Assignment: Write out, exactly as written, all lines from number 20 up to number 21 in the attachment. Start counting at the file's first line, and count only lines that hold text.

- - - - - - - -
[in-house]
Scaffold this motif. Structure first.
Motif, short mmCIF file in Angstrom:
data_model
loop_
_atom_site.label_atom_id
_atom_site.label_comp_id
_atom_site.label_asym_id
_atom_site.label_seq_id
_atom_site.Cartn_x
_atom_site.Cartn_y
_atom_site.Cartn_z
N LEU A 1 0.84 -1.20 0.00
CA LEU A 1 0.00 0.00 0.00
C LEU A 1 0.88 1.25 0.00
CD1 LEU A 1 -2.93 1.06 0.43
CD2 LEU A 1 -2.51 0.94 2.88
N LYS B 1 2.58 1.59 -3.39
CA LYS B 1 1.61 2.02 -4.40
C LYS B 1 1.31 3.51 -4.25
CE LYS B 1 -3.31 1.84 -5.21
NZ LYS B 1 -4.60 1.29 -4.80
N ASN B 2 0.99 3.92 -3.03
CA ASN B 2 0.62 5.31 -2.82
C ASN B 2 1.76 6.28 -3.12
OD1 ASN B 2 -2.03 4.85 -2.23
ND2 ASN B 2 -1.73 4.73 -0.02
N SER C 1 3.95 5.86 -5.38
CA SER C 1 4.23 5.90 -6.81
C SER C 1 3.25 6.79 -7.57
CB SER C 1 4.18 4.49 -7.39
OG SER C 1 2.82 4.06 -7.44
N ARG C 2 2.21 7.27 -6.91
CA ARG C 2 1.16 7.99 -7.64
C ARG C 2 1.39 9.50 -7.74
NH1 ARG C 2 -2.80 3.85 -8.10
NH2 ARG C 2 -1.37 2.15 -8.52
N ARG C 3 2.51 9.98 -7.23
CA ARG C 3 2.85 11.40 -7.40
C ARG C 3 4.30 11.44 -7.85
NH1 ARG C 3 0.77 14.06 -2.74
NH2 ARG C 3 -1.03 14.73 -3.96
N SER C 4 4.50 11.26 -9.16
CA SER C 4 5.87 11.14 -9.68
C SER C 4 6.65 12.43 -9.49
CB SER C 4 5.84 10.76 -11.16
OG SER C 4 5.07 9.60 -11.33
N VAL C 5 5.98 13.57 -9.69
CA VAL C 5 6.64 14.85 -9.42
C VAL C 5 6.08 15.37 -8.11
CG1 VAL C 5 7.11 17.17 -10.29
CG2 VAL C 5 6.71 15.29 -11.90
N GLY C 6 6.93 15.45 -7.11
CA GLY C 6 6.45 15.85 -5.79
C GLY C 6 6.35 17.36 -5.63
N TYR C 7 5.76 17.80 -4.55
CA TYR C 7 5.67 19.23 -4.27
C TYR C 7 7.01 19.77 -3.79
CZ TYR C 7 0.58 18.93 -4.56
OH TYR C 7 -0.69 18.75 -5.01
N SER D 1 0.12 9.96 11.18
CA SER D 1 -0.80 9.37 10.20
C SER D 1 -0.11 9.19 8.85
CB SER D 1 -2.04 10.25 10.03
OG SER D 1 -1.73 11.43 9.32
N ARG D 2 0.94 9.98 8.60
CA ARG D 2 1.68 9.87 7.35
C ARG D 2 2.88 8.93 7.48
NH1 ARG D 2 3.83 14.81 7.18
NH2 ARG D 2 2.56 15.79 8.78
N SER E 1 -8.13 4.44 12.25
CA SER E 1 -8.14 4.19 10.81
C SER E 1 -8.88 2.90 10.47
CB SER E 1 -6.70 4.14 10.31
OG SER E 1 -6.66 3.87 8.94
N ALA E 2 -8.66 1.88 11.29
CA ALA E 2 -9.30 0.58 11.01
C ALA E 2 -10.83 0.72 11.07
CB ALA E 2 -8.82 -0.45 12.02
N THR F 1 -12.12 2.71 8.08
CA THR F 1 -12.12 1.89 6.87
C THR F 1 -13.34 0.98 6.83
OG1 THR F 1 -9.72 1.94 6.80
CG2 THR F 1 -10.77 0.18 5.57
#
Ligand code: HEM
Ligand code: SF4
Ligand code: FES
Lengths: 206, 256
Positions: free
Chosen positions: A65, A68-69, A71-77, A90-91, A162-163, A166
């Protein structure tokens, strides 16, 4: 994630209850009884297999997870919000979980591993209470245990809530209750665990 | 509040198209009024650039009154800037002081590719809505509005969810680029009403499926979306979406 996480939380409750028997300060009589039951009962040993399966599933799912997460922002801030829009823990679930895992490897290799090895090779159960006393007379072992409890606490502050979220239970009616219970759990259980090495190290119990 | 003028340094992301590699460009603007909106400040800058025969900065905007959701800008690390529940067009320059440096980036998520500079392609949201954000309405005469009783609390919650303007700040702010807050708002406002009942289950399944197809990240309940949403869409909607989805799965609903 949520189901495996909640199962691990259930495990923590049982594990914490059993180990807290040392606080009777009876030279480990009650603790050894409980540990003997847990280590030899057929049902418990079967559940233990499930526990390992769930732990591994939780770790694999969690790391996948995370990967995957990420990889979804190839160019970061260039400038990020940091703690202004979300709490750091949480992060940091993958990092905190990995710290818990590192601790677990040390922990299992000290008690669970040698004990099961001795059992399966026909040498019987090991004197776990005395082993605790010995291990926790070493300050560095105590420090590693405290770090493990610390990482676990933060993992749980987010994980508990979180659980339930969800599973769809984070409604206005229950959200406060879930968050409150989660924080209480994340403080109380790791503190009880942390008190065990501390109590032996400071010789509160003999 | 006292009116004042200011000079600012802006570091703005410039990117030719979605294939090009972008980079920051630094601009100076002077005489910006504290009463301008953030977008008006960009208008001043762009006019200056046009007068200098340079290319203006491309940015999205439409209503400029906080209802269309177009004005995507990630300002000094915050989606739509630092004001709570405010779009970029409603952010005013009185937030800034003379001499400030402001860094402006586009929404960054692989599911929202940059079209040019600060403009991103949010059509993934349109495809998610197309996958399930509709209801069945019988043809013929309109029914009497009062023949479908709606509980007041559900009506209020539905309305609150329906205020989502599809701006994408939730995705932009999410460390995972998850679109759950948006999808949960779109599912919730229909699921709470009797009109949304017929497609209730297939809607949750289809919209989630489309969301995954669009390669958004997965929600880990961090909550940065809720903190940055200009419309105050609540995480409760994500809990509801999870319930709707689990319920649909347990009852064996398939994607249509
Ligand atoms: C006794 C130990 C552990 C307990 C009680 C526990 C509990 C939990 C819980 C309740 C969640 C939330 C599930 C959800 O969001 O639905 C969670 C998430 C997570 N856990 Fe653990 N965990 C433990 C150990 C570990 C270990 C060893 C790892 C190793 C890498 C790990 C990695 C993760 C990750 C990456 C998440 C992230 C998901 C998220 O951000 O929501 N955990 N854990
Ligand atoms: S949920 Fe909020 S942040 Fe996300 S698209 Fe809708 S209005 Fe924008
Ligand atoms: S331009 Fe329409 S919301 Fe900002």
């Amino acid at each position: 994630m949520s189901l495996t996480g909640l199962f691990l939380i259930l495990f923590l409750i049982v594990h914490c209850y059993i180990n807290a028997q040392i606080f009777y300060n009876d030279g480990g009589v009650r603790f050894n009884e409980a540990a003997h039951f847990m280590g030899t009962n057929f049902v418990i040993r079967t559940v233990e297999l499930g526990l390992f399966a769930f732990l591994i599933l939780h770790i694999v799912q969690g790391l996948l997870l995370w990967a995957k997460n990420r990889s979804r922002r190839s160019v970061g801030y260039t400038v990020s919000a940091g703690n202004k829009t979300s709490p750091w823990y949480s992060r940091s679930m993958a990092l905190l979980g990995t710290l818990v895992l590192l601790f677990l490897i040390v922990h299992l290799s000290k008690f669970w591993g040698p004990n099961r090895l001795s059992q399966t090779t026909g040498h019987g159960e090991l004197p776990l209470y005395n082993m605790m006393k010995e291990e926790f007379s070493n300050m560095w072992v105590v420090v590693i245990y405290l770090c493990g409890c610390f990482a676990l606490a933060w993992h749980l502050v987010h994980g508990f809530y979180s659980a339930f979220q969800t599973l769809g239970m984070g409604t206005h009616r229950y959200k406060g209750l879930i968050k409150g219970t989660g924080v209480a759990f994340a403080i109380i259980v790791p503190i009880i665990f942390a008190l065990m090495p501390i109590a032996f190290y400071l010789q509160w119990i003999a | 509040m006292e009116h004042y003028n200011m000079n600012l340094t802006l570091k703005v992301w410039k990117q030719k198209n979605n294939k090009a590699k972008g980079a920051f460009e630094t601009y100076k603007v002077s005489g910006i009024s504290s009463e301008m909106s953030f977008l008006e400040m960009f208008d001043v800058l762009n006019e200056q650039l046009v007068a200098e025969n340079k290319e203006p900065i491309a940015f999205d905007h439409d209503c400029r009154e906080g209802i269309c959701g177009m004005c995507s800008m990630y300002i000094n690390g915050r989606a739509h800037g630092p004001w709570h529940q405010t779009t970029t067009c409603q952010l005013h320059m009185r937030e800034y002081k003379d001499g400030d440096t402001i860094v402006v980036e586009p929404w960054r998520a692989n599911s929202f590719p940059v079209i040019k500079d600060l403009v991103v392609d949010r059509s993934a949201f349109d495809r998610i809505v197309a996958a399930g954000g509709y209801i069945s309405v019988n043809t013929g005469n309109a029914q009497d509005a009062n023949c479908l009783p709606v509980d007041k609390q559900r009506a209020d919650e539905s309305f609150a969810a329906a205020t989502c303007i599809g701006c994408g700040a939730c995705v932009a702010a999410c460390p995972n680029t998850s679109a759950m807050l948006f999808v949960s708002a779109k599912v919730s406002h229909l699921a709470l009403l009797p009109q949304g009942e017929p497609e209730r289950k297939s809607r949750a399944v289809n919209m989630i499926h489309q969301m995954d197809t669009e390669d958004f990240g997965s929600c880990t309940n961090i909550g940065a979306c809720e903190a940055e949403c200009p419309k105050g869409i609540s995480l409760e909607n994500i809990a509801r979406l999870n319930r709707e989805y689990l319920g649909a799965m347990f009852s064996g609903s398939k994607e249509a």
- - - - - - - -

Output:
C LYS B 1 1.31 3.51 -4.25
CE LYS B 1 -3.31 1.84 -5.21